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DJ scratching
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Under scratching or scratching (from the English "to scratch" for "to scratch") is understood in music jargon the generation of tones by rhythmically moving a running record on a record player with the needle in place. The tones can be rhythmically faded in and out with the crossfader of the mixer in order to combine them into new melodies . The record lies on a slipmat , which enables the record to be turned independently of the turntable. Most of the turntables used are also equipped with pickups that are designed to be particularly robust and stable in grooves. Scratching was introduced by Grandwizard Theodore in 1975 and quickly became an integral part of DJing in hip-hop .


Scratching spread within the hip-hop scene from the mid-1970s. After the first advances by DJs like Kool DJ Herc and Grandwizard Theodore , z. E.g. Scratches can be heard on the song by Vaughan Mason & Crew Bounce, Rock, Skate, Roll (1979). In 1981 the song of Grandmaster Flash & The Furious Five The Adventures of Grandmaster Flash on the Wheels of Steel was released . This track is a short DJ mix of different songs and - for the time - many different mixing and scratching techniques are used. Malcolm McLaren & the World's Famous Supreme Team released the single Buffalo Gals (1982), which also has some scratches. In 1983 the same band released the EP D'ya Like Scratchin '? , which is very dedicated to this art form. Also in 1983, Grand Mixer DXT was the first DJ to use the sample Fresh and used it to scratch the hit single Rockit by Herbie Hancock , which is on the album Future Shock . This was the first time that scratching was presented to the general public.

Especially after the turn of the millennium, a large number of different techniques (English moves ) were developed to generate certain sounds and rhythms. In the meantime, from this and from beat juggling, an art form of its own has developed , turntablism .

In addition to the usual records, record stores specializing in DJs also sell those that only contain tones and beats that are particularly suitable for scratching. Such scratch plates, which are usually put together by DJs, are called battle tools or battle wax.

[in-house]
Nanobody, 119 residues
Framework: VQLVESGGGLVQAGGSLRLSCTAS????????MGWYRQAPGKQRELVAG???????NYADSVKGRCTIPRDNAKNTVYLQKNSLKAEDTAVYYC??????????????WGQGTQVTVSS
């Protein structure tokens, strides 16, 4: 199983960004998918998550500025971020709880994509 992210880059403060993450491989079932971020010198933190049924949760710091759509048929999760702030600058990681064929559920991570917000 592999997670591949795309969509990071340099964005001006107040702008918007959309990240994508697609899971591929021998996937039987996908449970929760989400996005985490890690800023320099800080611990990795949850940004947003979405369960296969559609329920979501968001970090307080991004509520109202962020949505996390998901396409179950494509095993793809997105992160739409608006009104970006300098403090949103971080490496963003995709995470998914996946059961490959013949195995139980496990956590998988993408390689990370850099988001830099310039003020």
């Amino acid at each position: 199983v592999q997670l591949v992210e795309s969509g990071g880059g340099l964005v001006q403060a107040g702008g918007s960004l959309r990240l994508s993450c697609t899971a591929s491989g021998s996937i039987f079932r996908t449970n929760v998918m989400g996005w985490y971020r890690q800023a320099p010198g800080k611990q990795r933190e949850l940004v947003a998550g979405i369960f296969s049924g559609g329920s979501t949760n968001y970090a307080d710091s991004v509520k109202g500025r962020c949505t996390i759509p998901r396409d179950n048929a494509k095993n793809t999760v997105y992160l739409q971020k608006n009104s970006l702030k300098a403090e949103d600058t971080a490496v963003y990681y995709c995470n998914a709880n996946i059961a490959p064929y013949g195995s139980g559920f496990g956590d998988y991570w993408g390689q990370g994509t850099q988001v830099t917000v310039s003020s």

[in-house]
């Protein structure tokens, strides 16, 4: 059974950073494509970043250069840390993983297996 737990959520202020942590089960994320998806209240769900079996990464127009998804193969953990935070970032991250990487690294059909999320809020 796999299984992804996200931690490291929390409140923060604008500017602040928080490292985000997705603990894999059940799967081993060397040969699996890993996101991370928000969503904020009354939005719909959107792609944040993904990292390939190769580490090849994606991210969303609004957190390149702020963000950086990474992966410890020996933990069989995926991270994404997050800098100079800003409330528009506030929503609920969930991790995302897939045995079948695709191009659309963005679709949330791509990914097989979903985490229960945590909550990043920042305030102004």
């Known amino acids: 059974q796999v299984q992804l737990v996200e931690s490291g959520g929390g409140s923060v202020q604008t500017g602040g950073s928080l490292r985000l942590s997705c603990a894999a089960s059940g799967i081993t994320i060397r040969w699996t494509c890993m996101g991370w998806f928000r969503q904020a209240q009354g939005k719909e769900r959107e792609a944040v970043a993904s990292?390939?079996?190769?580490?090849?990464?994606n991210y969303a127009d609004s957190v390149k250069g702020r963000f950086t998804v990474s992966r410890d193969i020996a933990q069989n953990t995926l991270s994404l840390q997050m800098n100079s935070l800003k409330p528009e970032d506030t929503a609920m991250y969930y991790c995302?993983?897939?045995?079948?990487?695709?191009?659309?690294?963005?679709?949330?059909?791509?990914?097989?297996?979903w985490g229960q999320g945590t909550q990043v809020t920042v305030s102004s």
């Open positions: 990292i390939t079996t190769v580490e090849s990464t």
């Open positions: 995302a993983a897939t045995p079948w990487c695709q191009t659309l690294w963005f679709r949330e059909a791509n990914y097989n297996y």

When scratching, it is important to choose the tone used: a distinction is made between scratching and cutting. In scratching, scratching is used as a musical instrument. The tone used is in the background and the scratching itself comes to the fore. Sounds with a hard attack are popular here, such as a group of horns, human voices and synthesizer effects.

On the other hand, one speaks of cutting when entire text passages of a vocal or rap track are scratched and repeated in the context of a song. This means that scratching takes a back seat and the content of the scratched language becomes part of the song.

In hip-hop , cutting is often done in the chorus, whereby the content of the song is usually summarized in the cut line.

Another form of scratching is the scratching of pure drum parts, ideally a bass and snare drum sound in quick succession. From this, new drum parts can be put together by scratches or current drum parts can be added. This special technique is called beat cutting.

Well-known moves


The Baby Scratch was developed in 1975 by Grandwizard Theodore , who at the same time invented scratching in general. The latter happened by chance while, according to his own statement, he was practicing playing records in his room. As always, it was way too loud. For this reason, his mother came to his room to admonish him. At that moment he stopped the record with his hand as both were arguing. In the meantime he unconsciously pushed the record back and forth and heard the sound that was generated by it. After the conversation with his mother was over, he started experimenting with the sound.


The Baby Scratch is carried out without a crossfader, the mixer is not included in this technique. It is open for the entire time of scratching (non-fader scratch / faderless scratch). The plate is then only moved back and forth. The faster the plate is moved, the higher the tone becomes. It is possible to play patterns in a binary or ternary rhythm. This scratch is also called "Wiggy Wiggy" or "Jiggy Jiggy" because it sounds something like that.

Forward / Backward

The forward scratch is also known under the name "Cutting". It was invented by Grandmaster Flash .


At the beginning and at the end of the scratch the crossfader is in the closed position. After it has been opened, the movement of the plate is similar to that of the Baby Scratch. However, this move also uses the crossfader during scratching. The sound of the sample is played forwards and the backward movement of the record is faded out with the help of the crossfader. When moving forward, the plate can be pushed forward slightly - as with the Baby Scratch - but it should not be pushed too hard. This would be a different technique (→ see staff ).

The technique of “release scratches” is a slight variation. In this case, the sample is not pushed when moving forwards, but the record is simply released and played in any length.